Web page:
The US Food and Drug Administration (FDA) has approved the first digital pill, a medication embedded with a sensor that tracks if patients have taken their medication.
Abilify MyCite uses a sensor in combination with a version of Otsuka’s mental illness medication, Abilify, which is prescribed to treat schizophrenia, bipolar disorder and depression.
According to a statement issued by Proteus, the system provides an objective summary of drug ingestion over time, to help enhance collaboration with healthcare providers who treat patients with certain serious mental illnesses.
The FDA said that being able to track ingestion of medications prescribed for mental illness may be useful for some patients; however it has noted that the ability of the digital pill to improve patient compliance had not been proved.
“The approval of Abilify MyCite, the first digital medicine system, means that for the first time in my years of experience as a psychiatrist, there is an innovative way to provide individuals with serious mental illness, and selected members of their families and care teams, with information on objective medication taking patterns to help inform the patient’s illness management and personalised treatment plan,” said Senior Vice President for Behavioural Health Services, Northwell Health, John Kane, MD.
“This information allows the opportunity for an open dialogue with the patient. Until now, pharmacologic therapy for serious mental illness has been missing a systematic approach to objectively track and signal that a patient has taken their drug,” continued Kane.
The digital pill is embedded with an ingestible sensor that communicates with a patch worn by the patient. The patch then transmits medication data to a smartphone app so that patients can track the ingestion of the medication. Patients can upload this information to a database which their doctor and other authorised persons can access through a web-based portal.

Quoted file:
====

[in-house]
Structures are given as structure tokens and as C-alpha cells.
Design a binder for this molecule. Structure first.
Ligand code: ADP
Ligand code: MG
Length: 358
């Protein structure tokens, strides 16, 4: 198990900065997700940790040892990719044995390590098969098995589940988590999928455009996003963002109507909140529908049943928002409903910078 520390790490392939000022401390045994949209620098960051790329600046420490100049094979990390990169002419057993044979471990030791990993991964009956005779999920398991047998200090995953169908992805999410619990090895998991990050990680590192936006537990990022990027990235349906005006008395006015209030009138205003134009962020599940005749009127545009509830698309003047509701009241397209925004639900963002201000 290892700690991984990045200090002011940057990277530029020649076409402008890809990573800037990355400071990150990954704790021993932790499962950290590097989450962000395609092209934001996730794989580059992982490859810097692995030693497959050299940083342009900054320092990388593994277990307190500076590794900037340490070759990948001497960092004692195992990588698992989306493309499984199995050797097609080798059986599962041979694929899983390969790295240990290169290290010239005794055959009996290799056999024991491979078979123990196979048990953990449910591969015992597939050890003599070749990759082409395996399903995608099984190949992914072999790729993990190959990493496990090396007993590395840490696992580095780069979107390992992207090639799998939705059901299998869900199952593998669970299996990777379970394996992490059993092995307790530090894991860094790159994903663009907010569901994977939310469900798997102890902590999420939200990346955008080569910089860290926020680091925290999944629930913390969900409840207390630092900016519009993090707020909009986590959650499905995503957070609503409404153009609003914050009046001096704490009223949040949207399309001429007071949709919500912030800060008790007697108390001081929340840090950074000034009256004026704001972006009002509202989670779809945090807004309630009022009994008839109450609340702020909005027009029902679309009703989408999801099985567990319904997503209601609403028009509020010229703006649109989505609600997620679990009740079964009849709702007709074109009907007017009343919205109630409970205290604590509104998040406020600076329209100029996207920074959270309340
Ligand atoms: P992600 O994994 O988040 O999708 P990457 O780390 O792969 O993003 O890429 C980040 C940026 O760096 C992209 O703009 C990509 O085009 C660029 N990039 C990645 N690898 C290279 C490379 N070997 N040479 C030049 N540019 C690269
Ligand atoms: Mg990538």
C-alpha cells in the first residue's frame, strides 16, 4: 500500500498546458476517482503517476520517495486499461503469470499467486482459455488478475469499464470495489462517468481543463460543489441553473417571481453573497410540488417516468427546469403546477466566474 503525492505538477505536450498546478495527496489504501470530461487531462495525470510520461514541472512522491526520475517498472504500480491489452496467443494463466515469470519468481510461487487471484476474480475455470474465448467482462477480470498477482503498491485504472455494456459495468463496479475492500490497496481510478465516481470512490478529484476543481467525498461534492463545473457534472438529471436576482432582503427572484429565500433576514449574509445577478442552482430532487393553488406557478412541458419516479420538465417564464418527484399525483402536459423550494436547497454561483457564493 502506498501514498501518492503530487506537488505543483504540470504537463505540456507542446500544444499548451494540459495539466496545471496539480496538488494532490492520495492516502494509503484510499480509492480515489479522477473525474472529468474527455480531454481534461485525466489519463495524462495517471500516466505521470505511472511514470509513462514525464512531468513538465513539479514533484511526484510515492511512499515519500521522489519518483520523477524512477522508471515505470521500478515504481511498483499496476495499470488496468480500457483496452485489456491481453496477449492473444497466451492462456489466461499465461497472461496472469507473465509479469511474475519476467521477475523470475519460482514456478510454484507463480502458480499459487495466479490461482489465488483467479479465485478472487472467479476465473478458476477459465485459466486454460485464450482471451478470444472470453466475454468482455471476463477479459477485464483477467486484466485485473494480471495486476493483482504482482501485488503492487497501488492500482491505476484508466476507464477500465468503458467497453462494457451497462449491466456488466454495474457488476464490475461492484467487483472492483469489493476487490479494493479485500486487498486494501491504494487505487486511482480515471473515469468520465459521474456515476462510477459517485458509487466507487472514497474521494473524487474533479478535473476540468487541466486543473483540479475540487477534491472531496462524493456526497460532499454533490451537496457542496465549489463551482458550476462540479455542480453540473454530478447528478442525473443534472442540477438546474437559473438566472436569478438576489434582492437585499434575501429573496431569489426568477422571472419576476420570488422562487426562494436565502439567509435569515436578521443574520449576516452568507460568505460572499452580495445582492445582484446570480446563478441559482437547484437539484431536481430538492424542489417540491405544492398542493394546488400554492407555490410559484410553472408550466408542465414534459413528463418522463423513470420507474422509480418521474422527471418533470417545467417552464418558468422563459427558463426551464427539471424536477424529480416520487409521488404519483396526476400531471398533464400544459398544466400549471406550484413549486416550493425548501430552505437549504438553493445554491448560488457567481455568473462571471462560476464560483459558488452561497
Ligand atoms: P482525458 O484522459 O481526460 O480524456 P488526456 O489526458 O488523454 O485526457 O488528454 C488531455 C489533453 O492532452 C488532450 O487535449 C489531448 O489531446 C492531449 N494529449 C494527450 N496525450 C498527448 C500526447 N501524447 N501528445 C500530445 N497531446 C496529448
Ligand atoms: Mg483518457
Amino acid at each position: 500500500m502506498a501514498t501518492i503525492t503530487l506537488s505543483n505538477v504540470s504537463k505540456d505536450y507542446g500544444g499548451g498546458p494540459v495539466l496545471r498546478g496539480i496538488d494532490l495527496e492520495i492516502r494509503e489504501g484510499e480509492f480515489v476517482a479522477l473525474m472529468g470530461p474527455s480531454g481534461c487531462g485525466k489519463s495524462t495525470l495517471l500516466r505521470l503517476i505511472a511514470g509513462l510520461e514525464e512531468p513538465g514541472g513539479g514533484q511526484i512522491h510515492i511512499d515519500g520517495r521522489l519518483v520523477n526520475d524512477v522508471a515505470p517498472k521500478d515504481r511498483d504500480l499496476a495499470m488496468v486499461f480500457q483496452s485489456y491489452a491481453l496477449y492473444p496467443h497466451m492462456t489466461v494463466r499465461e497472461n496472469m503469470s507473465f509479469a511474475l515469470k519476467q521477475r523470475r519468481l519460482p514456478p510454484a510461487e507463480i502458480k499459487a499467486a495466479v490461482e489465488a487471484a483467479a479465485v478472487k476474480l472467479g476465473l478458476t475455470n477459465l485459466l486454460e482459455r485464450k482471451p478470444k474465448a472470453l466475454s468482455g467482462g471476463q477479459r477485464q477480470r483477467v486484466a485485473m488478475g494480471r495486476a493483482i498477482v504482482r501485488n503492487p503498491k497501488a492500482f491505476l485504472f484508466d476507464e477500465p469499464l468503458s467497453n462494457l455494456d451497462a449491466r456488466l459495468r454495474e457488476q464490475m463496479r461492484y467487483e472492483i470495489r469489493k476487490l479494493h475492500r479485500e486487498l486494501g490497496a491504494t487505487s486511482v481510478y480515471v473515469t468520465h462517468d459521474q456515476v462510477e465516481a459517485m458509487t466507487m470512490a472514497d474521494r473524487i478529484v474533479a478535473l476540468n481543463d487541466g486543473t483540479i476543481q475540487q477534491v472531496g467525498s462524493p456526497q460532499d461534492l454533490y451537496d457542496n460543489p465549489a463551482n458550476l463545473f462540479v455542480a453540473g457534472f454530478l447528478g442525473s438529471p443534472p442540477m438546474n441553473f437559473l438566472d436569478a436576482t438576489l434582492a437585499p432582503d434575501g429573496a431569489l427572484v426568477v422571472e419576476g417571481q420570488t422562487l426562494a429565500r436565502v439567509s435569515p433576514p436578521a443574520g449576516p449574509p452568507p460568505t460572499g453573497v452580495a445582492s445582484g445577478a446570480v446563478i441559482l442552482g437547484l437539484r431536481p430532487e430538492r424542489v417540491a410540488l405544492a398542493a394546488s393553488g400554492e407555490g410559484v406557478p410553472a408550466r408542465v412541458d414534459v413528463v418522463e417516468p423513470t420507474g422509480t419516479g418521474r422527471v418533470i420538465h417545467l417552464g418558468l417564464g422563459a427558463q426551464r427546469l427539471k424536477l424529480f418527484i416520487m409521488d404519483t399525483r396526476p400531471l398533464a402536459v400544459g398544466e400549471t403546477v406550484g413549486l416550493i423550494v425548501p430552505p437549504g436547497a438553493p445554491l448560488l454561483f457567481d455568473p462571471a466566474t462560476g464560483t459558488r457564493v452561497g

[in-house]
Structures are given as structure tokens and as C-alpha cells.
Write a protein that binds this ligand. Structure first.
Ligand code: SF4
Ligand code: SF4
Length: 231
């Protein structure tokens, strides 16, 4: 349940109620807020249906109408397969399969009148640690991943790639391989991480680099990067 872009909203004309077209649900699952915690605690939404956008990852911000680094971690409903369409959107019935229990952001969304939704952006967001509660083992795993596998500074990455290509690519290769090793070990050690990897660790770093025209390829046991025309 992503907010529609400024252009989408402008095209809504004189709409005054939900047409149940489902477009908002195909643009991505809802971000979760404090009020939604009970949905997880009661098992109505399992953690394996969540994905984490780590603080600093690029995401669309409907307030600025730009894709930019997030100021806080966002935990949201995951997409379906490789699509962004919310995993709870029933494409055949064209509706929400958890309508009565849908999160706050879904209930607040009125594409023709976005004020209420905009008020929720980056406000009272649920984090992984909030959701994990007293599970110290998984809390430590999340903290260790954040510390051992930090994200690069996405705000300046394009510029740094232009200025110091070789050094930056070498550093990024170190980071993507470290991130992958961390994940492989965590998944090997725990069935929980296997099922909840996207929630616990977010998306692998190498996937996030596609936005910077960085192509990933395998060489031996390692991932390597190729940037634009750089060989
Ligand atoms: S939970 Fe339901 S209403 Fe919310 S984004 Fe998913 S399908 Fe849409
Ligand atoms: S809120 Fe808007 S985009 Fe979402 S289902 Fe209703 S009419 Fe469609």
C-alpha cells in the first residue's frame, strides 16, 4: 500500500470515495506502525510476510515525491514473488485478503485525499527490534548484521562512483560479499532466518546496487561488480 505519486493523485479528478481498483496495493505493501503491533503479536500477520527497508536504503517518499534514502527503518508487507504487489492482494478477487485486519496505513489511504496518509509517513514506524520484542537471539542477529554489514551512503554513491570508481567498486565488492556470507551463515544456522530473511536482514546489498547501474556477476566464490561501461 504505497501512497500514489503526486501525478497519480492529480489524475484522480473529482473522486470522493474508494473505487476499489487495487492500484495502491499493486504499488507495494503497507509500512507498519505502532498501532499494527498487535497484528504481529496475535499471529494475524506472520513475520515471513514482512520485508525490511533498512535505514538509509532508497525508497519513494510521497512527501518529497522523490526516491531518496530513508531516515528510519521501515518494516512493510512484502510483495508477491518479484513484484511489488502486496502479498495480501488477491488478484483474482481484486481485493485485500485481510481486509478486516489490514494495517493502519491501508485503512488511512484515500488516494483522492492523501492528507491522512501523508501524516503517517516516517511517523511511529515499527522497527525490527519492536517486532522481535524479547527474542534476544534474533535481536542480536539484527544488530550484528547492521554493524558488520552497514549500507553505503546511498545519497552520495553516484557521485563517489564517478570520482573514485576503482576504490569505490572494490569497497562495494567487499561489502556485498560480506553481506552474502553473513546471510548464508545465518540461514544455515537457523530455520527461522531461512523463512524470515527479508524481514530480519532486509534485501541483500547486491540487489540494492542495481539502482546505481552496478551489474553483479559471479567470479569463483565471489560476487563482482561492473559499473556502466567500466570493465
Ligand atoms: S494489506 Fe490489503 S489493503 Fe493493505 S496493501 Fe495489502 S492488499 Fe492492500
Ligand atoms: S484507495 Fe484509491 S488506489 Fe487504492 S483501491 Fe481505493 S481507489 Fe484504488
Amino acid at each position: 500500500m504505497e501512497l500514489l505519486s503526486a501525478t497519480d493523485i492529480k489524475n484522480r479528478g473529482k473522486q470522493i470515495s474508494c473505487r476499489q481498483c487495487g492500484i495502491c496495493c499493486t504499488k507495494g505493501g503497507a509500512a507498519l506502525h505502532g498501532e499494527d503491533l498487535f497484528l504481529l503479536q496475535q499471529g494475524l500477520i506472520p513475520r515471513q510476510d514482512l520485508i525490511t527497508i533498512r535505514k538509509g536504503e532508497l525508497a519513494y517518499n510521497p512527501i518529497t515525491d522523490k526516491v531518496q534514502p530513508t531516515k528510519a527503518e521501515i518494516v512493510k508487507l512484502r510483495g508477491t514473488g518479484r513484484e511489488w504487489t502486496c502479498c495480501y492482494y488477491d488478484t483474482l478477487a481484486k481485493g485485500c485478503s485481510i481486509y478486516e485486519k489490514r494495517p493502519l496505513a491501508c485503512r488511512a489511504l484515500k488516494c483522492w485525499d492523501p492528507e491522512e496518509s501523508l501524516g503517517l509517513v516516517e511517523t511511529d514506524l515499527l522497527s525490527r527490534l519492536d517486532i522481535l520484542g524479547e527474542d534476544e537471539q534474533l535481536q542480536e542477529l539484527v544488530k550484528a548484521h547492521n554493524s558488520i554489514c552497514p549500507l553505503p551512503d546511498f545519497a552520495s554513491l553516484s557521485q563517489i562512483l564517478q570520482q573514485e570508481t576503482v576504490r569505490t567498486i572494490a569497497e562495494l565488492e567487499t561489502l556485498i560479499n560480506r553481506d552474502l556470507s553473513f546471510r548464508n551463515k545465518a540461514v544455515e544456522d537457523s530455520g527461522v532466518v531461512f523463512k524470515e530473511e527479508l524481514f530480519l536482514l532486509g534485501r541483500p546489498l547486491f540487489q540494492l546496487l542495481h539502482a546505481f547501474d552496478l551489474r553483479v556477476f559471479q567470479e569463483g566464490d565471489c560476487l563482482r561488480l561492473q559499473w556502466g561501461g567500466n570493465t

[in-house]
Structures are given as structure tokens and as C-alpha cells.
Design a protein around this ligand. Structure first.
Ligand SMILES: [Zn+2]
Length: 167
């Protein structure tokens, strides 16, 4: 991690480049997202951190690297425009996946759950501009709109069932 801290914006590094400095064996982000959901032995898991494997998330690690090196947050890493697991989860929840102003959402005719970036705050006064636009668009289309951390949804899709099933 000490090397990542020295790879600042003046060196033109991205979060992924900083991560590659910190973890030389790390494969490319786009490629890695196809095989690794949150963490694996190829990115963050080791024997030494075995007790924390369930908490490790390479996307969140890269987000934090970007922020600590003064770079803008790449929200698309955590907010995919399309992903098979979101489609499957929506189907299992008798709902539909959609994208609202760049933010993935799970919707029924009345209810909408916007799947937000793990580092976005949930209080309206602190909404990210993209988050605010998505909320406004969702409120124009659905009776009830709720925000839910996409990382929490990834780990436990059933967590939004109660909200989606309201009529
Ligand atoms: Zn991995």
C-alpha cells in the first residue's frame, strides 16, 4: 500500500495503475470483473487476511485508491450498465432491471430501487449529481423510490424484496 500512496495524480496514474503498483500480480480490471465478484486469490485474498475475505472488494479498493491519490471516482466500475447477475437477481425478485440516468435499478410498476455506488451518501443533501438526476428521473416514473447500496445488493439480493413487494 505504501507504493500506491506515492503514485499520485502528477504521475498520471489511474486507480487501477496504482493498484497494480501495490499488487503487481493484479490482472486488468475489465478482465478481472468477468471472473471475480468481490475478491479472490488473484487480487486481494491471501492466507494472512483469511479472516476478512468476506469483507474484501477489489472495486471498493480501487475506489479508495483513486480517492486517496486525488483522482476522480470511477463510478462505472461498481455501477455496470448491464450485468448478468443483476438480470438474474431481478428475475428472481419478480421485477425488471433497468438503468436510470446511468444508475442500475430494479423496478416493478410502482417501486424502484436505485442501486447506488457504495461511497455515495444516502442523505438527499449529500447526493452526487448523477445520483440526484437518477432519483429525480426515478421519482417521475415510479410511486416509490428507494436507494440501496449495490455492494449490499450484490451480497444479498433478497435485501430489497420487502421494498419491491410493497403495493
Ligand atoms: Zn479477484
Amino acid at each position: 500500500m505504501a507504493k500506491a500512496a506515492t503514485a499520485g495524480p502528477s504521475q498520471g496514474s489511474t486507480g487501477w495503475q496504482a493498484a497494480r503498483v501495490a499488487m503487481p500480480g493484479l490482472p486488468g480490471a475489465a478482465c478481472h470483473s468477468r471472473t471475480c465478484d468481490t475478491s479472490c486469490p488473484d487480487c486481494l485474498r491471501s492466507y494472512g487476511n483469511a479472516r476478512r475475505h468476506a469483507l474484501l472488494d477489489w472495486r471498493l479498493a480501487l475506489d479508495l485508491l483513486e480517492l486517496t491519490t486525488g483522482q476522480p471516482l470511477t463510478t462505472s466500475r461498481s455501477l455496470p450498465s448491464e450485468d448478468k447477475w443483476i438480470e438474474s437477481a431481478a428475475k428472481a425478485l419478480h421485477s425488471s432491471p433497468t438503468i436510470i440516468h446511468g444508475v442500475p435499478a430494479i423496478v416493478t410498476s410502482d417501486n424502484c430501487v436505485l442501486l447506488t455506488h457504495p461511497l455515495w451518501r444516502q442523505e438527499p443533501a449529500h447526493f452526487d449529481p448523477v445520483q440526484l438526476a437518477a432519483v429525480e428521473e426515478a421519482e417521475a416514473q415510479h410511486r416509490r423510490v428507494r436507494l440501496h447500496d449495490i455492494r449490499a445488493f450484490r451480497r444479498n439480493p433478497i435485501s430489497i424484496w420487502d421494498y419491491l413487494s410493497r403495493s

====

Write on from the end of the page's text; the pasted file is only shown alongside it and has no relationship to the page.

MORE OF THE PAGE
The sensor, which is about the size of a grain of salt and has no battery or antenna, is activated when it gets wet from stomach juices. The skin patch records the digital message, along with the patient’s heart rate, body angle and activity, and sends the data to a Bluetooth-enabled device such as a phone or computer.
Otsuka hasn’t indicated how much the digitised pills will cost, which will be rolled out next year first to a limited number of health plans and providers. The company will use the feedback it gets from the patients as they use the system daily and then enhance the product.
“The time is right for the category of Digital Medicines to be available to appropriate patients with serious mental illness. Consumers already manage important tasks like banking, shopping and communicating with friends and family by using their smartphones, as they go about their daily lives,” said President and CEO of Proteus Digital Health, Andrew Thompson.
“With this FDA approval, Otsuka can help enable individuals with serious mental illness to engage with their care team about their treatment plan in a new way,” concluded Thompson.